Google Algorithm Update: “Possum” and Local Search Results

Google PossumUnlike Google Penguin and Panda, Google Possum isn’t an official name for an update by the search engine giant. Instead, local search professionals coined this particular animal name to reflect what they believed had happened to the search results of some local businesses. In particular, some companies believed that their own listings in Google’s My Business had vanished — however, they were still there and simply playing possum. They just appear to have gained or lost visibility because of changes to the way that Google ranks local businesses.

Understanding Google Possum

Search Engine Land reported that local website owners and SEOs first noticed this update early in September of 2016. Since then, rankings have still fluctuated a lot for local results and Google Maps. At this time, it’s fair to conclude that Google is still performing tests on this local update, so it’s not possible to know the final outcome.

However, it’s already possible to analyze some results and make some judgments about final results.

This describes some notable impacts of Google Possum so far:

Companies just outside of a specific location: Businesses that had a location just outside of city limits enjoyed ranking spikes for that city. For example, a suburban business may serve a nearby city, and this ranking seems to better associate those companies with the cities they serve. This seems like a fair update for companies that serve metro areas but might have a physical location just outside of the city limits.

Similar address or phone numbers: Multiple, similar services that appear to share an address or phone number may get filtered out. For example, several medical or legal service providers might all work in the same office, and Google seems to only want to display one listing for these. For example, a dental office may have several dentists, but they are now more likely to be grouped together.

Searcher’s location: Results also depend more upon the searcher’s physical location. For example, a person in Houston may see different local results for a local business in Dallas than a searcher who actually searched from Dallas. It’s important to set the search location to the actual city to see what searchers who reside in that city see.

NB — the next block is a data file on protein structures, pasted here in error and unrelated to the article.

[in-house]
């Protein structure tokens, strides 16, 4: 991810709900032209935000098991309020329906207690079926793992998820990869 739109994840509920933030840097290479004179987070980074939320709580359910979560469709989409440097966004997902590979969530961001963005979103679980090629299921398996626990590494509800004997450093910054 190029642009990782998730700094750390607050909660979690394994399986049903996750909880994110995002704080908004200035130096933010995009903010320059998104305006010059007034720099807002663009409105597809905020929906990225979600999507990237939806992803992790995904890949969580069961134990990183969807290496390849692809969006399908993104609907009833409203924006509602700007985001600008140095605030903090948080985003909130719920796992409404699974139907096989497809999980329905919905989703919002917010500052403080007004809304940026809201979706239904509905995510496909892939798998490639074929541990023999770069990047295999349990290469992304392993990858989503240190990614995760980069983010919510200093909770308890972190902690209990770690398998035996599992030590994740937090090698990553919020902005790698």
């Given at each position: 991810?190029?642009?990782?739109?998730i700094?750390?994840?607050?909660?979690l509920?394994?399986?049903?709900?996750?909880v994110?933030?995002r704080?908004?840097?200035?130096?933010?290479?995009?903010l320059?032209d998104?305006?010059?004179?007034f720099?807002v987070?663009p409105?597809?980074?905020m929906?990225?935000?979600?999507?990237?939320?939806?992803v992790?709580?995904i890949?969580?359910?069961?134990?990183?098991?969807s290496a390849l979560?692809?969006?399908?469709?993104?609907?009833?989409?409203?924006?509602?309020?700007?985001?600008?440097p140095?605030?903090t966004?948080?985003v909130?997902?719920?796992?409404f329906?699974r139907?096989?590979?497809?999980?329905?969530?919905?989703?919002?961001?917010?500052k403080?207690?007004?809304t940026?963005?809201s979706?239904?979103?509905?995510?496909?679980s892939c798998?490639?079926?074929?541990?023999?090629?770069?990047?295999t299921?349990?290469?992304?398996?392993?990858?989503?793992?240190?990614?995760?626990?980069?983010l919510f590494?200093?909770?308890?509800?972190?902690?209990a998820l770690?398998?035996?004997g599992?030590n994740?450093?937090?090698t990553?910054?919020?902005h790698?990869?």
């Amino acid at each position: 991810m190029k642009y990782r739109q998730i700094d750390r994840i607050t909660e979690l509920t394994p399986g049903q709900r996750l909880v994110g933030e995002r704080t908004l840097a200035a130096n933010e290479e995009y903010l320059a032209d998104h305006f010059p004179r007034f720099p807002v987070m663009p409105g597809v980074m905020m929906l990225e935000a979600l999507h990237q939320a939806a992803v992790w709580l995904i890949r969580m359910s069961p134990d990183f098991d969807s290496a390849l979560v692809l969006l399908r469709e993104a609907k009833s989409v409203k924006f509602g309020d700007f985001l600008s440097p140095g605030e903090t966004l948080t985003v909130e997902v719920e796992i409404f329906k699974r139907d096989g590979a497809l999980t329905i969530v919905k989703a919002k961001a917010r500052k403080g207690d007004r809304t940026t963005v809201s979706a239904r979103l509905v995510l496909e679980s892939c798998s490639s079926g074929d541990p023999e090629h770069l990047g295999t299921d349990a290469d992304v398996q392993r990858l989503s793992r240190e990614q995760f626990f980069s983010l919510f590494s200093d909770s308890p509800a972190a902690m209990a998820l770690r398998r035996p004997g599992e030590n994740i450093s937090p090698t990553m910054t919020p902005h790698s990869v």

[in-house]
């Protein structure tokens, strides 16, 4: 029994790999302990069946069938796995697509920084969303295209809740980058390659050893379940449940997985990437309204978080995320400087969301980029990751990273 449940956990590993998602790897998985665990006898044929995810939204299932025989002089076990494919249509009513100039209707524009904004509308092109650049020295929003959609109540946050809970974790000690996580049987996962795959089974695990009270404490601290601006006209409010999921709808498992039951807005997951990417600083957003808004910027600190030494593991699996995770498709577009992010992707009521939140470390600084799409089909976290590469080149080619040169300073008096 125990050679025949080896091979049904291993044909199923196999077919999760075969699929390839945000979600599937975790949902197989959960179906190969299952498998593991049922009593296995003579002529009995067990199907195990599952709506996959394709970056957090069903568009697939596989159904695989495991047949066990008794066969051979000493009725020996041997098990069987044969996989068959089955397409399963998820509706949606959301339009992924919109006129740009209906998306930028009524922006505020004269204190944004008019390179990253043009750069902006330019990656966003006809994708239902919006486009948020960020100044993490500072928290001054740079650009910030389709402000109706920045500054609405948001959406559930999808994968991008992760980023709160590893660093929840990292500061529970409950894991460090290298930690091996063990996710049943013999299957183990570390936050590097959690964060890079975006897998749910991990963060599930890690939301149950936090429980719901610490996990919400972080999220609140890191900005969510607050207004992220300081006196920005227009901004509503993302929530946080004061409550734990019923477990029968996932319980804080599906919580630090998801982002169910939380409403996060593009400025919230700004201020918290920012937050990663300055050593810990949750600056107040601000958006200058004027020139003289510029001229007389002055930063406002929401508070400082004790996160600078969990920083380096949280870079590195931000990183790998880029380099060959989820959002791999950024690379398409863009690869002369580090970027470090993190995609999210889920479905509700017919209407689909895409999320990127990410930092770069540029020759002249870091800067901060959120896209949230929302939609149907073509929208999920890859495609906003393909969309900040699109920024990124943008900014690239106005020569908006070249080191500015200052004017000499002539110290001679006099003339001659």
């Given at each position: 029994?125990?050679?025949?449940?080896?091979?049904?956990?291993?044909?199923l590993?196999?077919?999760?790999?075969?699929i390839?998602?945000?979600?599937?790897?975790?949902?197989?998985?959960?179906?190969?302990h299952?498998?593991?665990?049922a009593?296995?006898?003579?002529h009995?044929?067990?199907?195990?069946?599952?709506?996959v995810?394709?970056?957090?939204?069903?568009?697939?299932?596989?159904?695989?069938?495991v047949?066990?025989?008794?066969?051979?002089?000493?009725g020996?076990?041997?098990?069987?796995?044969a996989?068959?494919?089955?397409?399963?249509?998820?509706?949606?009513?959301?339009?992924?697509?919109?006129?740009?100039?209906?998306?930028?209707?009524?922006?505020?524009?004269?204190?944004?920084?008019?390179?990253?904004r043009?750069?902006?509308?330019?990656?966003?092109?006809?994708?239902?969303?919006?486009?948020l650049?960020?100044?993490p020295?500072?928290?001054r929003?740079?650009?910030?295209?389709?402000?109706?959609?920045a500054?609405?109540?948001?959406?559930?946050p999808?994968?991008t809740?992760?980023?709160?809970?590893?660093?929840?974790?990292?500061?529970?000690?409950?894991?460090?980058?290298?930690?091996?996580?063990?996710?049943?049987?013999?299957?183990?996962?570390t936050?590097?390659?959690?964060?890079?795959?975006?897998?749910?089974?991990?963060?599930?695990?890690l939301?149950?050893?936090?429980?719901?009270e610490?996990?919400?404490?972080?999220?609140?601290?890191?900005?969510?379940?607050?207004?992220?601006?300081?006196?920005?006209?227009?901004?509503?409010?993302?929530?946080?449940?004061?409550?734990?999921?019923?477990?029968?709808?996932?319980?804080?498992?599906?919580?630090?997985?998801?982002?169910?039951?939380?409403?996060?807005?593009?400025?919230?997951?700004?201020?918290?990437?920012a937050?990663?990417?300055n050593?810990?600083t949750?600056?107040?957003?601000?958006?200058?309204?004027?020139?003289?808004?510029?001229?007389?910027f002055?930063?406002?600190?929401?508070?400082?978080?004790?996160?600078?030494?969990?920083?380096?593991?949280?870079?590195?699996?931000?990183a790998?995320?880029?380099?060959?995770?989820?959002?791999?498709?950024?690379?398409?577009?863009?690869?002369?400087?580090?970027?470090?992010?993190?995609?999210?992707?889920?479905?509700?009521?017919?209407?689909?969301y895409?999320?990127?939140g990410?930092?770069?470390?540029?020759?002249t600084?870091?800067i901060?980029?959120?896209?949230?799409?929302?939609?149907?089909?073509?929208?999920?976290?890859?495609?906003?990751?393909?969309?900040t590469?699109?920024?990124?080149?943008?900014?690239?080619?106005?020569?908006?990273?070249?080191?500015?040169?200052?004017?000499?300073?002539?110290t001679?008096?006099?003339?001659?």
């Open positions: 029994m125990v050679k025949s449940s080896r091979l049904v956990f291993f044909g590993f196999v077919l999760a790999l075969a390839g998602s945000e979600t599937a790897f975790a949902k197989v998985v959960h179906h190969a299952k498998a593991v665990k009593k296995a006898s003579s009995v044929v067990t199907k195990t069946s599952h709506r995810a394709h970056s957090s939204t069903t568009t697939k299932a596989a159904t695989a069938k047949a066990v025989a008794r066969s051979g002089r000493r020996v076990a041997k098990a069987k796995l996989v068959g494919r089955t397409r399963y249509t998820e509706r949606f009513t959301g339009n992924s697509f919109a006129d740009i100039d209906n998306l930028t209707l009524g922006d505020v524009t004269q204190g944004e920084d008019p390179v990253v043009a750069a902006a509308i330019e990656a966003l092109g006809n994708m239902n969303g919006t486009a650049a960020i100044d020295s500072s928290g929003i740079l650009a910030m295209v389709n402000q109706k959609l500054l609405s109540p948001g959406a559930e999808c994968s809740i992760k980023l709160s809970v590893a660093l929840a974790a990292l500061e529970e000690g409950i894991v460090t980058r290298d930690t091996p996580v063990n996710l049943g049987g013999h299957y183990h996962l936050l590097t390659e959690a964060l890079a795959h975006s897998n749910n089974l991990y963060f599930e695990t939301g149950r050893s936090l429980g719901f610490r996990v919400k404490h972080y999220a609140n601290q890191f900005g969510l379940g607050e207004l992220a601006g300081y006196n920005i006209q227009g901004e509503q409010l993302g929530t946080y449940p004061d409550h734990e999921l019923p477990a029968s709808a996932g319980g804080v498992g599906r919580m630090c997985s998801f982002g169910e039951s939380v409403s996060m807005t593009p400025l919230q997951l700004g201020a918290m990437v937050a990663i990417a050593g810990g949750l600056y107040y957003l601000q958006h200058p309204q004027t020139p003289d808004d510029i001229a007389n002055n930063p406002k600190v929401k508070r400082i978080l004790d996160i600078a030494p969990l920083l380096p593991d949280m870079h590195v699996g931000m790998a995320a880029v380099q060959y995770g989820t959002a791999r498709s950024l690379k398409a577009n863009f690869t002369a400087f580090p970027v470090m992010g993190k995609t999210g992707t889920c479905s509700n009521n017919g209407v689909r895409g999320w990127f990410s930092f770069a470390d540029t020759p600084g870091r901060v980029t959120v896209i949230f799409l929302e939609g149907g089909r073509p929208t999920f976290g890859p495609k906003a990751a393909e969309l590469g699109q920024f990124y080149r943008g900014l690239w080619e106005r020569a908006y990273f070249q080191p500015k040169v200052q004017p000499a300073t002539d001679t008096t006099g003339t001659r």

Keyword variations: Even small variations in search terms seemed to make a greater impact upon the displayed results. For example, “dentists in Cleveland” and “Cleveland dentists” might yield different results for local searches.

Local vs. organic search results: In the past, local search professionals found a stronger correlation between local search results and overall search results. With this update, some local businesses may have high ranks in local search even if they have been filtered out of overall, organic search results. The local and organic rankings appear more independent of each other.

Are These Google Possum Updates Permanent?

Again, local search engine professionals coined the term Possum, and it is not an officially announced update to the Google algorithm. It’s also tough for individual business owners to understand these updates because they typically only track their own site’s performance, and they often don’t have information about changes to other sites in their local community or in their industry.

It’s impossible to say if these changes are permanent since they still appear to fluctuate frequently. However, it’s fair to conclude that these recent changes should provide some guideposts to the direction that Google local search appears to be heading in the future.

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